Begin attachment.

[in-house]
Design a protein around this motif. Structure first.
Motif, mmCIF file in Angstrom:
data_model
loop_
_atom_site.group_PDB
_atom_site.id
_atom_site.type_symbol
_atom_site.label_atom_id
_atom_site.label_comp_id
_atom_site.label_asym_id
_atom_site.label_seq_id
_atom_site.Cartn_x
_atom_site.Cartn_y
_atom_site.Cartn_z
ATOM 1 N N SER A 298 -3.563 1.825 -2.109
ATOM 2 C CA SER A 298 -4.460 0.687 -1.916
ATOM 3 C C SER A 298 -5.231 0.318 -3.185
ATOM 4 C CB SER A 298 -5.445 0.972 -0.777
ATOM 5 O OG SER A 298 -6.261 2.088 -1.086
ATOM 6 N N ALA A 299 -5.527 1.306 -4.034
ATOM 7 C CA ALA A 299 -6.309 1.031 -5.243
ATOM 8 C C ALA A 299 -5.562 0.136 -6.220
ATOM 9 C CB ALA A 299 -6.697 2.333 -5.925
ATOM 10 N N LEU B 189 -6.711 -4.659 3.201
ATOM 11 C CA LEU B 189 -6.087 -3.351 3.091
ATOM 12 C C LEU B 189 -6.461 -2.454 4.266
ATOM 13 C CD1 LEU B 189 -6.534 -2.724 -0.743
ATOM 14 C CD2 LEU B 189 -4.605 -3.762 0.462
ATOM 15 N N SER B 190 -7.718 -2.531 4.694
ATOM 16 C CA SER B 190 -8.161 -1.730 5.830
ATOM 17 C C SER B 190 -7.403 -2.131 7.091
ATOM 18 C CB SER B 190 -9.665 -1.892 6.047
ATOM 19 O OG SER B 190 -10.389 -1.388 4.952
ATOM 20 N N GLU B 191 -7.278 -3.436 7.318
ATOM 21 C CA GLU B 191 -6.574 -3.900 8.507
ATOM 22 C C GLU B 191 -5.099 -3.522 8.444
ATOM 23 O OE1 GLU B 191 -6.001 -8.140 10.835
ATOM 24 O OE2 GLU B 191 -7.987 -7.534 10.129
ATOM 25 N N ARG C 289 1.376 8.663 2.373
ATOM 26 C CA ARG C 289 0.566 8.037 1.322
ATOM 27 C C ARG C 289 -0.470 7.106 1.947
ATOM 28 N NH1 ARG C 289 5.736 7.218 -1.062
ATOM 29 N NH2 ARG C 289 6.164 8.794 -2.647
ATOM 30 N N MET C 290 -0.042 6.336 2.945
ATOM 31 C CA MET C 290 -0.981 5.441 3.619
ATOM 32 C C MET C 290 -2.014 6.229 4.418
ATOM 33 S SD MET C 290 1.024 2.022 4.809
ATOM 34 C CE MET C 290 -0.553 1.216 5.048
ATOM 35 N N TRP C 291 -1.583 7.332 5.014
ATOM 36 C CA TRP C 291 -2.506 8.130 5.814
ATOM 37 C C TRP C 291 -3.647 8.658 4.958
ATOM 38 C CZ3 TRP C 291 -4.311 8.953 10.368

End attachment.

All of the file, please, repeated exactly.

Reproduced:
[in-house]
Design a protein around this motif. Structure first.
Motif, mmCIF file in Angstrom:
data_model
loop_
_atom_site.group_PDB
_atom_site.id
_atom_site.type_symbol
_atom_site.label_atom_id
_atom_site.label_comp_id
_atom_site.label_asym_id
_atom_site.label_seq_id
_atom_site.Cartn_x
_atom_site.Cartn_y
_atom_site.Cartn_z
ATOM 1 N N SER A 298 -3.563 1.825 -2.109
ATOM 2 C CA SER A 298 -4.460 0.687 -1.916
ATOM 3 C C SER A 298 -5.231 0.318 -3.185
ATOM 4 C CB SER A 298 -5.445 0.972 -0.777
ATOM 5 O OG SER A 298 -6.261 2.088 -1.086
ATOM 6 N N ALA A 299 -5.527 1.306 -4.034
ATOM 7 C CA ALA A 299 -6.309 1.031 -5.243
ATOM 8 C C ALA A 299 -5.562 0.136 -6.220
ATOM 9 C CB ALA A 299 -6.697 2.333 -5.925
ATOM 10 N N LEU B 189 -6.711 -4.659 3.201
ATOM 11 C CA LEU B 189 -6.087 -3.351 3.091
ATOM 12 C C LEU B 189 -6.461 -2.454 4.266
ATOM 13 C CD1 LEU B 189 -6.534 -2.724 -0.743
ATOM 14 C CD2 LEU B 189 -4.605 -3.762 0.462
ATOM 15 N N SER B 190 -7.718 -2.531 4.694
ATOM 16 C CA SER B 190 -8.161 -1.730 5.830
ATOM 17 C C SER B 190 -7.403 -2.131 7.091
ATOM 18 C CB SER B 190 -9.665 -1.892 6.047
ATOM 19 O OG SER B 190 -10.389 -1.388 4.952
ATOM 20 N N GLU B 191 -7.278 -3.436 7.318
ATOM 21 C CA GLU B 191 -6.574 -3.900 8.507
ATOM 22 C C GLU B 191 -5.099 -3.522 8.444
ATOM 23 O OE1 GLU B 191 -6.001 -8.140 10.835
ATOM 24 O OE2 GLU B 191 -7.987 -7.534 10.129
ATOM 25 N N ARG C 289 1.376 8.663 2.373
ATOM 26 C CA ARG C 289 0.566 8.037 1.322
ATOM 27 C C ARG C 289 -0.470 7.106 1.947
ATOM 28 N NH1 ARG C 289 5.736 7.218 -1.062
ATOM 29 N NH2 ARG C 289 6.164 8.794 -2.647
ATOM 30 N N MET C 290 -0.042 6.336 2.945
ATOM 31 C CA MET C 290 -0.981 5.441 3.619
ATOM 32 C C MET C 290 -2.014 6.229 4.418
ATOM 33 S SD MET C 290 1.024 2.022 4.809
ATOM 34 C CE MET C 290 -0.553 1.216 5.048
ATOM 35 N N TRP C 291 -1.583 7.332 5.014
ATOM 36 C CA TRP C 291 -2.506 8.130 5.814
ATOM 37 C C TRP C 291 -3.647 8.658 4.958
ATOM 38 C CZ3 TRP C 291 -4.311 8.953 10.368